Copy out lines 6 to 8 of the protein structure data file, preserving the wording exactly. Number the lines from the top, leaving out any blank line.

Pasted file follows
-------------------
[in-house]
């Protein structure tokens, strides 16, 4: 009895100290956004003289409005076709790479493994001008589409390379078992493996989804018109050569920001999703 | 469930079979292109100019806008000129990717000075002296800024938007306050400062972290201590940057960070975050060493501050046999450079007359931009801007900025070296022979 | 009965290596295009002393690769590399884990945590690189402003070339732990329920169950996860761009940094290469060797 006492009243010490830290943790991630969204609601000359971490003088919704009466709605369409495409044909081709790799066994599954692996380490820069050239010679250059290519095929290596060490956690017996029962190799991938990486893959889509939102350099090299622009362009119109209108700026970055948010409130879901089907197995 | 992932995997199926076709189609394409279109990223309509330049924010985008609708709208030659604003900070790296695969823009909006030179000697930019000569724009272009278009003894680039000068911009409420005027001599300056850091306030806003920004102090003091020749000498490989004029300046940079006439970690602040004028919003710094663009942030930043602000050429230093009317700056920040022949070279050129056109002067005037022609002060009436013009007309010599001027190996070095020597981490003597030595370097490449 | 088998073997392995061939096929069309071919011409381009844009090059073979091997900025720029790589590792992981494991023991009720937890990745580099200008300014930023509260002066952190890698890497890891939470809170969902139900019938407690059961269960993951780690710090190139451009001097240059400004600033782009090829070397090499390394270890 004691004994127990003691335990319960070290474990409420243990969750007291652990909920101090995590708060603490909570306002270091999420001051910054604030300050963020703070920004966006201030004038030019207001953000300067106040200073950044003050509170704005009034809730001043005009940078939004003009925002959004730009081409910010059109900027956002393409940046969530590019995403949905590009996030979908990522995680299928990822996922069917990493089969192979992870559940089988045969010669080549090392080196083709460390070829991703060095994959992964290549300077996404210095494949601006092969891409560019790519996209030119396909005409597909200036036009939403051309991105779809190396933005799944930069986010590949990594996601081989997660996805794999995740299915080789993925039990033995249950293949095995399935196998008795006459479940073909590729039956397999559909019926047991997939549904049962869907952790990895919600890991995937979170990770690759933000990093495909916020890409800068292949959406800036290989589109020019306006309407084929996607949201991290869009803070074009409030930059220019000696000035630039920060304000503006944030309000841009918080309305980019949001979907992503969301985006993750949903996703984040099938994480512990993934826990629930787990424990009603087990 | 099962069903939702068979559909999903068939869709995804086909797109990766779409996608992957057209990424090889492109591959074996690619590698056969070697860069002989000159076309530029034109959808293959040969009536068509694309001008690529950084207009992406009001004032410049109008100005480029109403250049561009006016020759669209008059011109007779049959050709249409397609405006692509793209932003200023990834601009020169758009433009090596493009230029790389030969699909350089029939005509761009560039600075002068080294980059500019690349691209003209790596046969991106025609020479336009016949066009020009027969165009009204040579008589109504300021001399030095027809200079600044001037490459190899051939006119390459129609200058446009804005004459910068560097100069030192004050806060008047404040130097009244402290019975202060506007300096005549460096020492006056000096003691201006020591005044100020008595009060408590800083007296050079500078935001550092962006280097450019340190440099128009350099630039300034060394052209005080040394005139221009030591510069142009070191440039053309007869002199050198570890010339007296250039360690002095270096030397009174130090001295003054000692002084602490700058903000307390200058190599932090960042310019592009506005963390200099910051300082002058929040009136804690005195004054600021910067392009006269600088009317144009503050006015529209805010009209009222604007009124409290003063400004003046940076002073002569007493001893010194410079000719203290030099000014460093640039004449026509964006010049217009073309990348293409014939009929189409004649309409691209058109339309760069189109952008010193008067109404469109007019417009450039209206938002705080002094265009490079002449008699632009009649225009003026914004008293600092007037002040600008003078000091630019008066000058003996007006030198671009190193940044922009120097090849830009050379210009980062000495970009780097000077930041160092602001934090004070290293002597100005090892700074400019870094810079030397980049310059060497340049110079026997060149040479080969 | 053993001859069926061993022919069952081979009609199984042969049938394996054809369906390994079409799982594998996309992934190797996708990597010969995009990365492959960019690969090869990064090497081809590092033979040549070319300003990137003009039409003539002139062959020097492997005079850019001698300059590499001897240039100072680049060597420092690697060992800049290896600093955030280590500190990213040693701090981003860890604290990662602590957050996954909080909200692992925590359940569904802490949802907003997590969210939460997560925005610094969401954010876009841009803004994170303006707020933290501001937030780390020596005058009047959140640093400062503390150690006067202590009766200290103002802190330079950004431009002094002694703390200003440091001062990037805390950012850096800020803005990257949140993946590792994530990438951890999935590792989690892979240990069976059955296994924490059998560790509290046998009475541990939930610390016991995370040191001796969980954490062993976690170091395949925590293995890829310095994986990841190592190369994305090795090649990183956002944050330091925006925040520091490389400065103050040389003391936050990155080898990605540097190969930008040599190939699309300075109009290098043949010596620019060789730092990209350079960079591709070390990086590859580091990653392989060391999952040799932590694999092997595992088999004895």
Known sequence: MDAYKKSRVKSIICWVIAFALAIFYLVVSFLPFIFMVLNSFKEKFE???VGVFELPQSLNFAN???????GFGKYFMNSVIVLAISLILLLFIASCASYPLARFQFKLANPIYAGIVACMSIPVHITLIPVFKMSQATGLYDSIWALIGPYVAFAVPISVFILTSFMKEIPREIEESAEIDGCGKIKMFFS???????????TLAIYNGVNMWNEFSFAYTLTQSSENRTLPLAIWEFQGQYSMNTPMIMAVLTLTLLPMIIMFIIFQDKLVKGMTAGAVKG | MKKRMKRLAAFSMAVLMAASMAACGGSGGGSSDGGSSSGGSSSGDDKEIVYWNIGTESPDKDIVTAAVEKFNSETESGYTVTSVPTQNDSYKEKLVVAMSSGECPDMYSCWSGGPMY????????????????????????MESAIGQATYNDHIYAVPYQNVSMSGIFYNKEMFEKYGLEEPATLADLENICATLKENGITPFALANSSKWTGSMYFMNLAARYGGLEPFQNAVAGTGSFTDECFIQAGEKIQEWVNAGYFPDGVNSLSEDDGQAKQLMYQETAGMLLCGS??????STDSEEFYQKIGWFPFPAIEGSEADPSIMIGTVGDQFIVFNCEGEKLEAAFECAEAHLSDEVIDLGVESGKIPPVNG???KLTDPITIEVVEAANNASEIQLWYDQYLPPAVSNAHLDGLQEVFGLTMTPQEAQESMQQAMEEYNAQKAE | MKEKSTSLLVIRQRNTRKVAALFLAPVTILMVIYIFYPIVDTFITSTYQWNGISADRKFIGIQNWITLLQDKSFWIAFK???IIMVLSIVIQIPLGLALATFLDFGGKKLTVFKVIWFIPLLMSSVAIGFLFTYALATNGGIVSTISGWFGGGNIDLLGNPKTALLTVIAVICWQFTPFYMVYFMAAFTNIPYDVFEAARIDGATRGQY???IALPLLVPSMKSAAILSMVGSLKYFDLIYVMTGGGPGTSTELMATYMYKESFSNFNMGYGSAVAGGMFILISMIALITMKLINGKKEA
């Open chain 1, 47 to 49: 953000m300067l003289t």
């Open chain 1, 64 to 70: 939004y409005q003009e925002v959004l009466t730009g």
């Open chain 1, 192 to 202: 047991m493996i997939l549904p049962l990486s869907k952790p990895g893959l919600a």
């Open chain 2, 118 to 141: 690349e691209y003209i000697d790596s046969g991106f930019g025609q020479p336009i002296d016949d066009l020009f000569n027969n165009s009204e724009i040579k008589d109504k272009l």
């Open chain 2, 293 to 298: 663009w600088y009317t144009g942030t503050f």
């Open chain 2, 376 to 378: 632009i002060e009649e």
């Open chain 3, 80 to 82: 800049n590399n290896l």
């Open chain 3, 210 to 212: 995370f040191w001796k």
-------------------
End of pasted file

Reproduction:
């Open chain 1, 192 to 202: 047991m493996i997939l549904p049962l990486s869907k952790p990895g893959l919600a």
């Open chain 2, 118 to 141: 690349e691209y003209i000697d790596s046969g991106f930019g025609q020479p336009i002296d016949d066009l020009f000569n027969n165009s009204e724009i040579k008589d109504k272009l």
């Open chain 2, 293 to 298: 663009w600088y009317t144009g942030t503050f």